When the Europeans arrived in Asia, they proclaimed themselves traders as well as representatives of kings, directly responsible to their sovereign. This was new and unexpected. No trader in the Asian world represented a king.
European traders were also heavily armed. Although Asian traders regularly hired troops to protect caravans or ships, they were rarely involved in wars. The Europeans brought the notion of intertwining trade and warfare to Asia from centuries of practice on the European continent and in the Mediterranean.
Royal involvement in trade and cannon casting, for example, was seen as a direct practice of profitable politics. Finally, Europeans brought with them a sense that they were “Portuguese” or “English” and Christian.
In practical terms, these European attitudes meant that conquests went to the European king, not the local commander. Europeans successfully merged the ideas of a corporate trading company, loyalty to a throne and a professional officer corps — and thereby prevented losing their conquests to military commanders.
None of this happened overnight, but Asian observers noticed that European armies tended to stay intact as they approached battle — unlike Asian armies — in which portions of the army led by bribed individual leaders often changed sides on the eve of battle.
Nor did European armies shatter when the leader was killed. Asian observers also noticed that treaties were always in the name of the European king or trading company, never in the name of the commander.
In spite of these advantages in military structure and the beginning of “national” loyalty, it is important to emphasize how slow the process of European conquest and colonization of Asia was. England became the largest power in India only in the nineteenth century. Holland had early success in the Southeast Asian islands and Sri Lanka, but did not expand its empire beyond the islands.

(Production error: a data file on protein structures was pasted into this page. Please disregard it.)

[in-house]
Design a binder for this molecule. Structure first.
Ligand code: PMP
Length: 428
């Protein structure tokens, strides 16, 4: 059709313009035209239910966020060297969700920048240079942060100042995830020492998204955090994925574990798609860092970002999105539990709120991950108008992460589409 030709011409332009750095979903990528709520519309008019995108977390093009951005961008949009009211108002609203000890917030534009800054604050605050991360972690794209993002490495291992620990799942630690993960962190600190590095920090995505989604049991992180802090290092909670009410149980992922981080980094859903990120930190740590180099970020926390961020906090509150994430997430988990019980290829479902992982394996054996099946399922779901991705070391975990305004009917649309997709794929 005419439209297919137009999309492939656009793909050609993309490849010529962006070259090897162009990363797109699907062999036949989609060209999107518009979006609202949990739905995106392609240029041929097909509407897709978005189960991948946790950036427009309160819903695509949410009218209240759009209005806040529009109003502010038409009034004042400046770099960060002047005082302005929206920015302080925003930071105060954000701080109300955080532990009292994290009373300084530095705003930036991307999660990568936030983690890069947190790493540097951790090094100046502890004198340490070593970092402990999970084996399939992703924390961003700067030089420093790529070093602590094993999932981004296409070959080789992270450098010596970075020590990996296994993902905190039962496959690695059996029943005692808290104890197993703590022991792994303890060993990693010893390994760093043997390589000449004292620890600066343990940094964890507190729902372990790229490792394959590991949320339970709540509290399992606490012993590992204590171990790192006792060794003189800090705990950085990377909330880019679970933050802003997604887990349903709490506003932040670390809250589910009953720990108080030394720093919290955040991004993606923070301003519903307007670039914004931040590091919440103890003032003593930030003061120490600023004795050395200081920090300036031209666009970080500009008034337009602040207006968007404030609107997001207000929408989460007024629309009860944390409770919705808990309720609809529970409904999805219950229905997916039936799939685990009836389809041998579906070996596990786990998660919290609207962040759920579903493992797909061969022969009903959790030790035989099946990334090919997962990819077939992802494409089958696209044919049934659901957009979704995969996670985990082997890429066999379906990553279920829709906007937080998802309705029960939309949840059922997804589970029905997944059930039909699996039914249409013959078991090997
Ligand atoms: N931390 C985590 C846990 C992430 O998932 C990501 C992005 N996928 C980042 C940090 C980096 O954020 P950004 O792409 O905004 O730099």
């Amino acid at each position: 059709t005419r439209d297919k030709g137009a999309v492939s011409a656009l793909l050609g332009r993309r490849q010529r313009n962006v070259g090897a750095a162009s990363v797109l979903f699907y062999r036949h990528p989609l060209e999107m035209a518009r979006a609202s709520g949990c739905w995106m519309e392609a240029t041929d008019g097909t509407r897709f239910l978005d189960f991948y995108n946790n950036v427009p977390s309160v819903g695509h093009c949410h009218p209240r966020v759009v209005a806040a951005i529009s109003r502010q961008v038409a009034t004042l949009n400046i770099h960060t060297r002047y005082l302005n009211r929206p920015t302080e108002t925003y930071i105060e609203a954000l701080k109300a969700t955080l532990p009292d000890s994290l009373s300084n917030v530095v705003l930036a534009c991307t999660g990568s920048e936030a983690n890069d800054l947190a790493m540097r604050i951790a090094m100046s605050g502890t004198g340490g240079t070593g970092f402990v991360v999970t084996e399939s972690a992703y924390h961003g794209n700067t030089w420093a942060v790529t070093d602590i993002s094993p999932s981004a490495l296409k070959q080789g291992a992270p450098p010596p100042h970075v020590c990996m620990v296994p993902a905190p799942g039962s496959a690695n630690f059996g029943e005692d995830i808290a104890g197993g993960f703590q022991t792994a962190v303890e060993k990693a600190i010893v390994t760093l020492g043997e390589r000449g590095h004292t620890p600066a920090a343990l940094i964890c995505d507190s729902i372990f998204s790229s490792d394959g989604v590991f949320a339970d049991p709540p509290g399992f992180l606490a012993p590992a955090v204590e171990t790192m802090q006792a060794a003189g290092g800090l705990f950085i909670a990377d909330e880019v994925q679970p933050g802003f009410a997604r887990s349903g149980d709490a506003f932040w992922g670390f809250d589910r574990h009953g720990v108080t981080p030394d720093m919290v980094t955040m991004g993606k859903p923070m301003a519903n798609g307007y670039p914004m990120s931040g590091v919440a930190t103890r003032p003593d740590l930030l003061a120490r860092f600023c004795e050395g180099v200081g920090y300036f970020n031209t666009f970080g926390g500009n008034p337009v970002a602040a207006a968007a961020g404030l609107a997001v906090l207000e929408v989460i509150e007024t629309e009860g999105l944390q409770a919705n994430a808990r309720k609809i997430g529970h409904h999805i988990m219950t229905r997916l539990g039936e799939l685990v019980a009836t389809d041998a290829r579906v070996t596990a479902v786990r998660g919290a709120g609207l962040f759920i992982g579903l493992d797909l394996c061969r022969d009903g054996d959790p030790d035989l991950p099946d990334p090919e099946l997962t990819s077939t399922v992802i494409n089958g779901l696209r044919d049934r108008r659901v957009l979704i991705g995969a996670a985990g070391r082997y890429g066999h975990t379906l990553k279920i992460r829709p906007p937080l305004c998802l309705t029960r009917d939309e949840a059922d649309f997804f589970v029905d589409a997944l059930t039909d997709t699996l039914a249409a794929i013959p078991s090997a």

Russia only conquered the eastern steppe in the seventeenth century. Except for the crusader states, European intervention in the Middle East is mainly a twentieth-century phenomenon, and China was never colonized to the extent that India was.
In spite of the European conquests, much of this vast, highly interconnected and interdependent Asian world continued under colonial rule. Even under European domination, Arab ships still sailed every year to Africa carrying Gujarati cloth and returning with gold.
Chinese traders moved into the new British port of Calcutta. Horses by the thousands still came down from Central Asia to India. It was only slowly that colonial powers undercut local political processes and reoriented Asian economies to serve the home country.
Editor’s Note: This article is adapted from “When Asia Was the World: Traveling Merchants, Scholars, Warriors and Monks Who Created the ‘Riches of the East'” by Stewart Gordon, which is based on the memoirs, stories and insights of indigenous travelers in ancient Asia — as well as current scholarship. Published by Da Capo Press, 2008.
Asian observers noticed that European armies stayed intact in battle — unlike Asian armies, in which portions of the army often changed sides on the eve of battle.
Kings from Egypt to China understood the limits of armies based on ethnic loyalty. They experimented with slave armies, armies based on religion and prisoners as soldiers.
Entrepreneurs first opened new markets, then made cheap local copies of expensive import items — such as Gujarati printed cotton cloth and Chinese silk.
The great Asian world was robust enough to survive most day-to-day or even century-to-century changes and disruptions.
Kings eagerly awaited the return of ambassadorial missions so they could consider the latest ceremonies of loyalty or innovations in military organization.
Senior Research Scholar, University of Michigan Stewart Gordon is a Senior Research Scholar at the Center for South Asian Studies at the University of Michigan — and the author of three books on Asia. He earned his BA, MA. and PhD at the University of Michigan. He received a Woodrow Wilson scholarship in graduate school […]